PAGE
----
The Securities and Exchange Commission (SEC), a federal agency which holds primary responsibility for enforcing the federal securities laws and regulating the securities industry, is taking more protective measures for whistleblowers. In other words, it bends over backwards to assist the companies it regulates to comply with the law. However when companies do not comply with the law, the SEC takes an initiative to assist those who voluntarily provide them with original information about a possible fraud against the government that has occurred, is ongoing, or is about to occur, also known as “whistleblowers”. Because of this, the Securities and Exchange Commission has recently initiated a more protective position toward whistleblowers, essentially because whistleblowers are simply trying to do the right thing and without them massive amounts of fraud against our government would go undetected.
Protections for Whistleblowers
When allegations about a company arise, the Securities and Exchange Commission wants to see that the company is taking these allegations against them seriously and separating the allegations from the actual person making them. Although the Securities and Exchange Commission will consider information on the whistleblower’s credibility, the Commission is concerned with employer’s whistleblowers policies and seeing what the company actually does with the whistleblowers allegations. Additionally, the Securities and Exchange Commission wants to see how the employee is treated after the allegations are made, including making sure that the employee/whistleblower is not discriminated or retaliated against because of the allegations he or she makes against their employer. Such discriminatory actions include termination, demotion, suspension, harassment and any other act that would dissuade a reasonable person from reporting violations. Moreover, if an employee has been wrongfully retaliated against, they may bring a private action in federal court against their employer. If they prevail, they may be entitled to reinstatement, double back pay, litigation costs, expert witness fees, and attorney’s fees. The Securities and Exchange Commission can also take legal action in an enforcement proceeding against any employer who retaliates against a whistleblower for reporting information.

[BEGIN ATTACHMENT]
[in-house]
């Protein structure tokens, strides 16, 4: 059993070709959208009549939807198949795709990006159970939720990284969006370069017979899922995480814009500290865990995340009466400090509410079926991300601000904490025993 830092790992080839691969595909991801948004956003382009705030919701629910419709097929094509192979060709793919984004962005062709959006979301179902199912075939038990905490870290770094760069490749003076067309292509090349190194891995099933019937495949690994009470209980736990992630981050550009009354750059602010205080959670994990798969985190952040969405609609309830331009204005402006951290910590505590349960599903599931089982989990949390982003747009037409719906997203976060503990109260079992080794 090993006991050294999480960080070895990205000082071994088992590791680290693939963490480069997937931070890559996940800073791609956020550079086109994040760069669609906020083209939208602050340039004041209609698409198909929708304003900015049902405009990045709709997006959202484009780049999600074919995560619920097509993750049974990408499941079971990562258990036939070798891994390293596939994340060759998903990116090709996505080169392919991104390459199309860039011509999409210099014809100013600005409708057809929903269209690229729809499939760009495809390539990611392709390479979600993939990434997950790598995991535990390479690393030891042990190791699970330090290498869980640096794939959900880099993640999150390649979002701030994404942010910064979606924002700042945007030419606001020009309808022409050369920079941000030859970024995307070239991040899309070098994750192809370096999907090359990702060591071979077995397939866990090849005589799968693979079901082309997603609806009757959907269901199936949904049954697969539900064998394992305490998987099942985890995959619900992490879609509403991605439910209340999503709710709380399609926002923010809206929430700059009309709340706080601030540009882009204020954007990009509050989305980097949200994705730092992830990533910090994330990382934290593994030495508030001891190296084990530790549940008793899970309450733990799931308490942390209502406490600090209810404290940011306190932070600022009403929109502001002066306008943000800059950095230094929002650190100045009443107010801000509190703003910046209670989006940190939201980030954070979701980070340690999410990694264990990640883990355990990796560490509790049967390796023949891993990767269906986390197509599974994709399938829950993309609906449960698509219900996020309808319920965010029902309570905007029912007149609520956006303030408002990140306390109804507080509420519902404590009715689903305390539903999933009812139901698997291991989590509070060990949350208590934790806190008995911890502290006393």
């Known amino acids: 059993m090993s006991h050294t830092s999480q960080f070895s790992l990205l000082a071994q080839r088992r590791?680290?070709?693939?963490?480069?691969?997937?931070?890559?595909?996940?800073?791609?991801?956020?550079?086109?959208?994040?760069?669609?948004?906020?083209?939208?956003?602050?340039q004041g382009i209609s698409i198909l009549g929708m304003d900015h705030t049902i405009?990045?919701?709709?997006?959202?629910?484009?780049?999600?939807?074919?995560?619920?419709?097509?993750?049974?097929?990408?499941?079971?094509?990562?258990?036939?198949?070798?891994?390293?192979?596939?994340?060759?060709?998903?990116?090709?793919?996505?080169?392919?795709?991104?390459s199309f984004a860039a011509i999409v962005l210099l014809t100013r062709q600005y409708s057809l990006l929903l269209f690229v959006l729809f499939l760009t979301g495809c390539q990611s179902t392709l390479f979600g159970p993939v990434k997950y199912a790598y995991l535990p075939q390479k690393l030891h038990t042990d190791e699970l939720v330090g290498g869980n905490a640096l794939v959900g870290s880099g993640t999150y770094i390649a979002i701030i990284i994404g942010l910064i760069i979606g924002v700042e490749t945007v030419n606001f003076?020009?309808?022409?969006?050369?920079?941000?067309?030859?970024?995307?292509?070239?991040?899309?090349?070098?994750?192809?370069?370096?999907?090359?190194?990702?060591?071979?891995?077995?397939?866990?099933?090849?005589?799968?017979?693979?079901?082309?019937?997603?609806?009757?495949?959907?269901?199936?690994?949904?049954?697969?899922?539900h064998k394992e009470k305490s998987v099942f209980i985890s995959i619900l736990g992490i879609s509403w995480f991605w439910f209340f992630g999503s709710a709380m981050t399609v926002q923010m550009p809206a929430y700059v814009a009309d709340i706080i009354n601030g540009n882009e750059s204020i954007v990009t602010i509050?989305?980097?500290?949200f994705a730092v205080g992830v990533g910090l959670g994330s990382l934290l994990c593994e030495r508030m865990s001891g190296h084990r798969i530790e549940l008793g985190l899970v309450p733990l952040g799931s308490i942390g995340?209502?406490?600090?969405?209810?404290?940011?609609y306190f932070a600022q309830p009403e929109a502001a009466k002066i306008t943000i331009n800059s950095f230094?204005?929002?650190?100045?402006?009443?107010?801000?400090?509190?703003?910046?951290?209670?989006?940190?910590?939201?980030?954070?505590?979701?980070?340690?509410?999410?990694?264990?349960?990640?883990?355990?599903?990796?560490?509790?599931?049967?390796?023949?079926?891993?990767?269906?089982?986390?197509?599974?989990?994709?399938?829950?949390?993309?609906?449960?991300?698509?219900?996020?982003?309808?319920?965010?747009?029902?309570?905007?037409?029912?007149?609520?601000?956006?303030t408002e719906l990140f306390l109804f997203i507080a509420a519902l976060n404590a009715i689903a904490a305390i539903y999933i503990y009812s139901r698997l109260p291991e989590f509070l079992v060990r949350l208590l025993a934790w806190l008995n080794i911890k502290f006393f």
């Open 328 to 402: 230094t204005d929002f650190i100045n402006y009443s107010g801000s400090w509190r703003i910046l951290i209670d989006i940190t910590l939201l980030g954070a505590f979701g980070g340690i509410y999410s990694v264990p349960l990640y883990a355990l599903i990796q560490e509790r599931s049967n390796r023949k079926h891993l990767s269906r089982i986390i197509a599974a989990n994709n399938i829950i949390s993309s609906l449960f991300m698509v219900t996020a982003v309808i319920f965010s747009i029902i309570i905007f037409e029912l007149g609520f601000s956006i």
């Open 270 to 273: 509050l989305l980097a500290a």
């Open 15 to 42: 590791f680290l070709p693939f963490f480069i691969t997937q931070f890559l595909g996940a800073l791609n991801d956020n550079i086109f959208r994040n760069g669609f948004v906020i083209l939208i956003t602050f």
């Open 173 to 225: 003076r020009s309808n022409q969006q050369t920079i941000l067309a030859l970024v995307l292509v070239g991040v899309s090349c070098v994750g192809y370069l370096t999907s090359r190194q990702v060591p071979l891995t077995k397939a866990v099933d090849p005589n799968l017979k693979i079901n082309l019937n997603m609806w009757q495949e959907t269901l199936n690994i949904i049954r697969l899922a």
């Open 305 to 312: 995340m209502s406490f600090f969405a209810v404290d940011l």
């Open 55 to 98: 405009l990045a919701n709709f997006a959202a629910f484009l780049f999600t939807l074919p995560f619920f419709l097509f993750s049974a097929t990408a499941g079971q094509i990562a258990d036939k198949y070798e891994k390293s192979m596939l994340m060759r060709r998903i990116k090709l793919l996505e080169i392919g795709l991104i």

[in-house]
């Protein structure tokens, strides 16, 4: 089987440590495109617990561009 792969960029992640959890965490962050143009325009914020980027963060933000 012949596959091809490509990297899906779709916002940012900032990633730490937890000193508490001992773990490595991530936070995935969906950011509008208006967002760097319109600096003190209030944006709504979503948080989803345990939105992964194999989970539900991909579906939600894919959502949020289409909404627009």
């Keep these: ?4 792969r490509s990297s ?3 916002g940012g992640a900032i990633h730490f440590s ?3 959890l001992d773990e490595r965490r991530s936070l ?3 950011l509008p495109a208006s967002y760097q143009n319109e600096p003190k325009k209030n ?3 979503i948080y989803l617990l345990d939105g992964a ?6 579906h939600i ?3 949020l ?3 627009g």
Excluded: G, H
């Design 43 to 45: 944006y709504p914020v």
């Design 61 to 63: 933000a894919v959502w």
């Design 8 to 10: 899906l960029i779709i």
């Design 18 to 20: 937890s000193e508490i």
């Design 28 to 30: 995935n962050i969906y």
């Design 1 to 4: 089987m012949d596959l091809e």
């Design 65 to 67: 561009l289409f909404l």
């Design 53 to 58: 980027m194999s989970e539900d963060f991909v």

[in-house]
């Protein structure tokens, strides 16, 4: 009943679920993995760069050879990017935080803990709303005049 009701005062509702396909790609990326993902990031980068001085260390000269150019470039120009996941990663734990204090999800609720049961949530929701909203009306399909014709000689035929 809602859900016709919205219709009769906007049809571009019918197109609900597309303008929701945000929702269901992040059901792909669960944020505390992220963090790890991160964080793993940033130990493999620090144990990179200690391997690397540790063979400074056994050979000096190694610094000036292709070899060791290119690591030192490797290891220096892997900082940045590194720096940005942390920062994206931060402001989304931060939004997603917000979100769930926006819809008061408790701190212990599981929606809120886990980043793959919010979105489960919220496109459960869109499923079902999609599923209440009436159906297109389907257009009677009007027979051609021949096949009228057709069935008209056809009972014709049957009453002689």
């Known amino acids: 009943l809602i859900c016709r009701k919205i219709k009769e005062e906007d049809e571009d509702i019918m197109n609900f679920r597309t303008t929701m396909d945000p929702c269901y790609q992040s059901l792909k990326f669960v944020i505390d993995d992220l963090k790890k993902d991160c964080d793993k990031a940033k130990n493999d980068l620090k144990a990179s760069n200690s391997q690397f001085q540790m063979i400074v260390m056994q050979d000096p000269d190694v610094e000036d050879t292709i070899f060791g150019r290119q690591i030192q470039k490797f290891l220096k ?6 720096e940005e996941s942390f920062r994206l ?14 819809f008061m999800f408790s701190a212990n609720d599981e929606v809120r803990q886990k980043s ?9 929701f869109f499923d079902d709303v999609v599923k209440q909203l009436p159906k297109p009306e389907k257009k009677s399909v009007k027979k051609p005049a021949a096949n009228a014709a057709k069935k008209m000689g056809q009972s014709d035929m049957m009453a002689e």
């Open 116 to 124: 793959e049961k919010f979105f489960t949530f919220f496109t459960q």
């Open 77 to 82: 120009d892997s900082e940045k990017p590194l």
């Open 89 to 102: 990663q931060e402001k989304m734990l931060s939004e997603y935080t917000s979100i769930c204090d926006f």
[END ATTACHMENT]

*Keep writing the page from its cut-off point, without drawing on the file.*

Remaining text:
Contact an Experienced Attorney at Our San Francisco Whistleblower Law Firm
For a free and confidential consultation with one of our San Francisco whistleblower lawyers, please call 888-503-8267 or contact us via this website.